Velocity analysis using semblance |

The problem of automatic picking of velocities from semblance scans has been considered by many authors (Adler and Brandwood, 1999; Arnaud et al., 2004; Siliqi et al., 2003). The approach taken in this paper is inspired by the suggestion of Harlan (2001) to look at velocity picking as a variational problem. According to Harlan (2001), an optimally picked velocity trend in the semblance field corresponds to the maximum of the variational integral

(13) |

I take the variational formulation further by considering its analogy to the ray tracing problem. The first-arrival seismic ray is a trajectory corresponding to the minimum traveltime. The trajectory corresponding to an optimal velocity trend should minimize an analogous measure defined in the space of the velocity scan . I use the variational measure

(14) |

where is a scaling parameter. According to variational theory (Lanczos, 1966), an optimal trajectory can be determined by solving the eikonal equation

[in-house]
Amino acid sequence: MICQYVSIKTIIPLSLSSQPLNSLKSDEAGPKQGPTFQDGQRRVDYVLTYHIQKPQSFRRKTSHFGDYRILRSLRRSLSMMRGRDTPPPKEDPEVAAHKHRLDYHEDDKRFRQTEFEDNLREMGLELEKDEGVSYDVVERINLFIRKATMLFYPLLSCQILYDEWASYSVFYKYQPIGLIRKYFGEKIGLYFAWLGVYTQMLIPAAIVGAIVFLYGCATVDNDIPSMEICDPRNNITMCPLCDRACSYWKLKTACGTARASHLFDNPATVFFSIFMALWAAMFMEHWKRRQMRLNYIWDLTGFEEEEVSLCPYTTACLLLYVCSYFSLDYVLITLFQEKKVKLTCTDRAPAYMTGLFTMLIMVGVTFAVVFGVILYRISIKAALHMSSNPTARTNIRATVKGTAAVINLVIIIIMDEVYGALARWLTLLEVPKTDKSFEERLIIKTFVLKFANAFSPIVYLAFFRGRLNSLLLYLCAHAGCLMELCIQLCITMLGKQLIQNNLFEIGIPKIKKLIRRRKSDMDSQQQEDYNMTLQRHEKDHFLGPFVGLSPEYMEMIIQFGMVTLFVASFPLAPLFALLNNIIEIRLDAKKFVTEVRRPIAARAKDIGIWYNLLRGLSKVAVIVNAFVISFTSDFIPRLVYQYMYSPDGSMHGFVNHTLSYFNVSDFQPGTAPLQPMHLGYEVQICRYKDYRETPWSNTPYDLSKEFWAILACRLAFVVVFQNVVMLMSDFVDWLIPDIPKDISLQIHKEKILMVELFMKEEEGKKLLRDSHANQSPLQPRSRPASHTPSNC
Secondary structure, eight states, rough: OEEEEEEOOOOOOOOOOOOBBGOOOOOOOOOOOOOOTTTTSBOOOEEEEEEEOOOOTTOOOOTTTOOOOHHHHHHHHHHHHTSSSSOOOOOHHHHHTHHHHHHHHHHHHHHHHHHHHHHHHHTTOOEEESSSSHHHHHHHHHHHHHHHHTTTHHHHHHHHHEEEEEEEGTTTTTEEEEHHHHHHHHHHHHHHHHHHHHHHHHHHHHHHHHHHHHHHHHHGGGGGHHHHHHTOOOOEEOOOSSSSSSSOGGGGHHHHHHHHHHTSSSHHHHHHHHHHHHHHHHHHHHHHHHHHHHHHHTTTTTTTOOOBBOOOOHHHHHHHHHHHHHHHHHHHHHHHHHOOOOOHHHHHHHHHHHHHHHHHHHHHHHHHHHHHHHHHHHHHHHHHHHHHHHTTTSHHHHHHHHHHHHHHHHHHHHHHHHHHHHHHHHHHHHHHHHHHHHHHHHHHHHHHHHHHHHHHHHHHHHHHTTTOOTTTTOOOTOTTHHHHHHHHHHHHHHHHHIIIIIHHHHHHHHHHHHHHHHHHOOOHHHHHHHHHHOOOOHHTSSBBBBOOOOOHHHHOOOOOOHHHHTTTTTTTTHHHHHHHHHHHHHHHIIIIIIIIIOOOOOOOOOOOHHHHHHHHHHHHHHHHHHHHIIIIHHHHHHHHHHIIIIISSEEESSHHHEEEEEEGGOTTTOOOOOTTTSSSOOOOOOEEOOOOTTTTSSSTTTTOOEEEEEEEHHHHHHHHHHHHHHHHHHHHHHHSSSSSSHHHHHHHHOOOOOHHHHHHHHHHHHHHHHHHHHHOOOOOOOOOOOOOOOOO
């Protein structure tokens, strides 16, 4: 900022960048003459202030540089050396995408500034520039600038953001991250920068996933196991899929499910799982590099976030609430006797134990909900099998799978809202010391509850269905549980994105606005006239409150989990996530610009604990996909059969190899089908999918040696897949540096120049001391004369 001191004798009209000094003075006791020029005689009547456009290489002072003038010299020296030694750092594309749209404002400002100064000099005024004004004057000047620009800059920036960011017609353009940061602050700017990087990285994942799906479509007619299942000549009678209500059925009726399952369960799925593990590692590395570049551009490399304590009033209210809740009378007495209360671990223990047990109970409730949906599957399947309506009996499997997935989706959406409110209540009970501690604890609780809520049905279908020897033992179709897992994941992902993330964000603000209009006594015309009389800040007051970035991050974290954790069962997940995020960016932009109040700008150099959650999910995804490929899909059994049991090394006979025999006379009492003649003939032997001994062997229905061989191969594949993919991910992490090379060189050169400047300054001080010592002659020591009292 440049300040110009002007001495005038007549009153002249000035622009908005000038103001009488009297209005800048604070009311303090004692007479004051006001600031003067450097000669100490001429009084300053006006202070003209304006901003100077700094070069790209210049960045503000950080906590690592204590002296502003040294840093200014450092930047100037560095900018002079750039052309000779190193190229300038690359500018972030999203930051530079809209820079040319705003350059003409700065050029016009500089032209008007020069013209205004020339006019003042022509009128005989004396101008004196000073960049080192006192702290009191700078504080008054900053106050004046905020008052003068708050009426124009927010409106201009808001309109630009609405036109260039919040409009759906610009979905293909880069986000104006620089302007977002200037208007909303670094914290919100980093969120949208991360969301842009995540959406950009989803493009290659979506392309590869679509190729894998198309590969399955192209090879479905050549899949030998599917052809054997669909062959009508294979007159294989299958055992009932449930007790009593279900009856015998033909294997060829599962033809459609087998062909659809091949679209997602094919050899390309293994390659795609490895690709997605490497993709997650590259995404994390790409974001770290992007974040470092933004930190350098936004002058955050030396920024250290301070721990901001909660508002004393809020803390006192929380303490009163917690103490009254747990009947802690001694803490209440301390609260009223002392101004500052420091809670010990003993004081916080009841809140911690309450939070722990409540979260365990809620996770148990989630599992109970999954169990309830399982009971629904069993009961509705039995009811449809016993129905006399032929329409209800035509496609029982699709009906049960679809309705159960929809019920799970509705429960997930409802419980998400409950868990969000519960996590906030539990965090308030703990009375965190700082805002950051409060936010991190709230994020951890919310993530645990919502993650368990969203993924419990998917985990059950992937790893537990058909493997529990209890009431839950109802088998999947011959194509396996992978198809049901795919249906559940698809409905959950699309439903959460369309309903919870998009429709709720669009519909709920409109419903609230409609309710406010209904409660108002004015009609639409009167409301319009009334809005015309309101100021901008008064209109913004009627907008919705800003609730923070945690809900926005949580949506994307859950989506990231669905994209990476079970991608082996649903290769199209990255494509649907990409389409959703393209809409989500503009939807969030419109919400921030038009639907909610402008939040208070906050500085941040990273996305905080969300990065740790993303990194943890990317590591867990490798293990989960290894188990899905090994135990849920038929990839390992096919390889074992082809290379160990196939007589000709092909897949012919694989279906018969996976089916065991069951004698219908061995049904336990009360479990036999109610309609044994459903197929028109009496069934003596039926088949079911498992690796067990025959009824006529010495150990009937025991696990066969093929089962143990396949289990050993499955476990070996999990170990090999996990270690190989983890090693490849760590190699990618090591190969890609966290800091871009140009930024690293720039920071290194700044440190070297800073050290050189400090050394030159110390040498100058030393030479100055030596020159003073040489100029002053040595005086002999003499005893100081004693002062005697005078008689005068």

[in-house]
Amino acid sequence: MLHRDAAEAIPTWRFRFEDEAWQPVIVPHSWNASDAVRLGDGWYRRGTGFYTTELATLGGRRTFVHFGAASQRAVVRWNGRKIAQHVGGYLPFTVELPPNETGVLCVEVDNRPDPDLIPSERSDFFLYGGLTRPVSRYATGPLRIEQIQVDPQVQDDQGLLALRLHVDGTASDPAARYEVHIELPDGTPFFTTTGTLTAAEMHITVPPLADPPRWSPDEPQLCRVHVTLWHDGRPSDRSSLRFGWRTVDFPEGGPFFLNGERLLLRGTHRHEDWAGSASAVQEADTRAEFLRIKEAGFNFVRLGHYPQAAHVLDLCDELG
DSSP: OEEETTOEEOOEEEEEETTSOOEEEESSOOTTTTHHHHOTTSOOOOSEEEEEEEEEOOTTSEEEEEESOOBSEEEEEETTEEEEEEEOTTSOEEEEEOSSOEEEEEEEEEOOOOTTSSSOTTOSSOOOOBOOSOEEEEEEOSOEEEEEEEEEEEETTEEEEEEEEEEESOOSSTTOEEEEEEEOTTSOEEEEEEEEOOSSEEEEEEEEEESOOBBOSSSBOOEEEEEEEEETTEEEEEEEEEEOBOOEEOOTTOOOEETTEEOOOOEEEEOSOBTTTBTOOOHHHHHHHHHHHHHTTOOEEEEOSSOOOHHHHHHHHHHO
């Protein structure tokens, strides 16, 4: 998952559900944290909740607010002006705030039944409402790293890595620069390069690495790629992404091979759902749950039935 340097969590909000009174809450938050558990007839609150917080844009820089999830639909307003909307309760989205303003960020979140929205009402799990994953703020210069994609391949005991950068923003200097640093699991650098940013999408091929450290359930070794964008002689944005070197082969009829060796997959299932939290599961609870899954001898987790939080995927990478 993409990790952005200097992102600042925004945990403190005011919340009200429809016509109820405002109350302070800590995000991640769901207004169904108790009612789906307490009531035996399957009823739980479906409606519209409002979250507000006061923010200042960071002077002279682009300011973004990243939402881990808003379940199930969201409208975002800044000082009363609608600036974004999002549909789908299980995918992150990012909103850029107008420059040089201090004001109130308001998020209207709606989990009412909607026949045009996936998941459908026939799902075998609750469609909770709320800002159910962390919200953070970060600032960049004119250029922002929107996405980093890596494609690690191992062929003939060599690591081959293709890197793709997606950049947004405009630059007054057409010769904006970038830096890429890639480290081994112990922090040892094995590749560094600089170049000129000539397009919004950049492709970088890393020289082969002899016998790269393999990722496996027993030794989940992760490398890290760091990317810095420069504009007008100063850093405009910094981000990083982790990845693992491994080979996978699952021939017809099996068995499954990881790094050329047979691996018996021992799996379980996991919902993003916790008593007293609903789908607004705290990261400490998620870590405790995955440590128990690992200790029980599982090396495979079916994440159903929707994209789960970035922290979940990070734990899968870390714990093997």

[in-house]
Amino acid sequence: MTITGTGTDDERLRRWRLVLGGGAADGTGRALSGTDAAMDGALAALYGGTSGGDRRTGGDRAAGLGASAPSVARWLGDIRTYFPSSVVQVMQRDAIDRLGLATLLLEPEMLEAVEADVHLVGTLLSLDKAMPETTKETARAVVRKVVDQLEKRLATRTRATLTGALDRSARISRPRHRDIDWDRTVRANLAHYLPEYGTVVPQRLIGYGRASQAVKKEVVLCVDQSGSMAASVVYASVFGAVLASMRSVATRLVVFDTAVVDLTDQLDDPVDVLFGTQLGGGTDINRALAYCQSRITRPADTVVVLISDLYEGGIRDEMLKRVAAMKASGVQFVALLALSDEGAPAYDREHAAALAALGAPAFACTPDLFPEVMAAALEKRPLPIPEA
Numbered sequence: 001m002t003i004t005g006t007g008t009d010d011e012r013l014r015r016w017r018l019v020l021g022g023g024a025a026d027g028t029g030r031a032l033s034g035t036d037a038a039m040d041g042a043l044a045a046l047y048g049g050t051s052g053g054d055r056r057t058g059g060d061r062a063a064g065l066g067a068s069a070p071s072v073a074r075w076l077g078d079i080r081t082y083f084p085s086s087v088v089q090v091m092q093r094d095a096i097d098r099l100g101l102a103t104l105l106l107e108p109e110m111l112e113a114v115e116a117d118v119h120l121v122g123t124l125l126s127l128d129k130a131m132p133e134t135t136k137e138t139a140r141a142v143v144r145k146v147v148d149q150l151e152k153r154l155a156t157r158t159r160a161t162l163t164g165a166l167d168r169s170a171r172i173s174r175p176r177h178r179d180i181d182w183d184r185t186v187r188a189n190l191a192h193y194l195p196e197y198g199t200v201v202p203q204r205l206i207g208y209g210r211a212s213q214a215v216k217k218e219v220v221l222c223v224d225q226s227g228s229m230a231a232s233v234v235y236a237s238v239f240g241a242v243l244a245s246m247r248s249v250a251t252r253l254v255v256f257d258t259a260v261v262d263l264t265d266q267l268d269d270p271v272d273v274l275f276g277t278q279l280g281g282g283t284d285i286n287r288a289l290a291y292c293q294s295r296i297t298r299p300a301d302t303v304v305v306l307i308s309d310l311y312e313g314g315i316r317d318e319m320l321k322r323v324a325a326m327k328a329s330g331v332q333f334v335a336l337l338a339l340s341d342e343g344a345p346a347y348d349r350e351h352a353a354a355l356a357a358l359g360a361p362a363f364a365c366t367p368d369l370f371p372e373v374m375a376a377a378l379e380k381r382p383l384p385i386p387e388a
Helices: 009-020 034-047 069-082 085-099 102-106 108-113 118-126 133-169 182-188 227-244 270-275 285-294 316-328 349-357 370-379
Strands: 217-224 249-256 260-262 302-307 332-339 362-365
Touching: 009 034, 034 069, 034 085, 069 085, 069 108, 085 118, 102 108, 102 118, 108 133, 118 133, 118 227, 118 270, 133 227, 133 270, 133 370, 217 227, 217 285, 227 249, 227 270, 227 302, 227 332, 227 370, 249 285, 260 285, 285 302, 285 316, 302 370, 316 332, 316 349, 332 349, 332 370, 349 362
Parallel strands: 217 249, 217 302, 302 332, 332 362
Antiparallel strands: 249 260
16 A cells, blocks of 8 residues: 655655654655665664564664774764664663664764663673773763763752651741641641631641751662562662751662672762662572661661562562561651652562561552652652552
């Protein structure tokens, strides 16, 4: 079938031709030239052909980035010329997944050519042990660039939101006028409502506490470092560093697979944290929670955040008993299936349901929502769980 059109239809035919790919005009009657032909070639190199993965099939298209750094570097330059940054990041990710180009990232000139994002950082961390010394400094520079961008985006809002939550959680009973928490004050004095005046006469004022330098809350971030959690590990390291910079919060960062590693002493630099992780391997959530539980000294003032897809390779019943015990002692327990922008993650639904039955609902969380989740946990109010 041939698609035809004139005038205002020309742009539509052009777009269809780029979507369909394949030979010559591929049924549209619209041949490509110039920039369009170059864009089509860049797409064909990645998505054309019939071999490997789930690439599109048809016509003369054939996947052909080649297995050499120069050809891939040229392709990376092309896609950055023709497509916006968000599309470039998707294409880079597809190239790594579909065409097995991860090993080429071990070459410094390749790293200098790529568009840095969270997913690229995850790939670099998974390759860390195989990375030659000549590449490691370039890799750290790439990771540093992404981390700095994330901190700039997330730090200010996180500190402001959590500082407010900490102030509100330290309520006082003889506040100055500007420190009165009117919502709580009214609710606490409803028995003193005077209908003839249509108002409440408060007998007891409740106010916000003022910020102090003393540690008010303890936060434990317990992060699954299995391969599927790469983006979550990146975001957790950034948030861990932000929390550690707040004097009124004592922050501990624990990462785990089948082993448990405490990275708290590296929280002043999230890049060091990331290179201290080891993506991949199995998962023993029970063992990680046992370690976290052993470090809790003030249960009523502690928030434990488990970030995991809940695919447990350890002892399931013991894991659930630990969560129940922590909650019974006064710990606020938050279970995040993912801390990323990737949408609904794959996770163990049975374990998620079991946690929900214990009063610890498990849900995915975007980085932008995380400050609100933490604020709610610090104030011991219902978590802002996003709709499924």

with a finite-difference algorithm. The quantity in the right hand side of equation (B-3) plays the role of squared slowness. Small slowness corresponds to high semblance and attracts ray trajectories in a ``wave guide''. After obtaining a finite-difference solution, the picking trajectory can be extracted by tracking backward along the traveltime gradient direction. An analogous approach has been used in medical imaging in the method of virtual endoscopy (Deschamps and Cohen, 2001). To remove random oscillations, I smooth the picked trajectory using the method of shaping regularization (Fomel, 2007).

Velocity analysis using semblance |

2013-03-02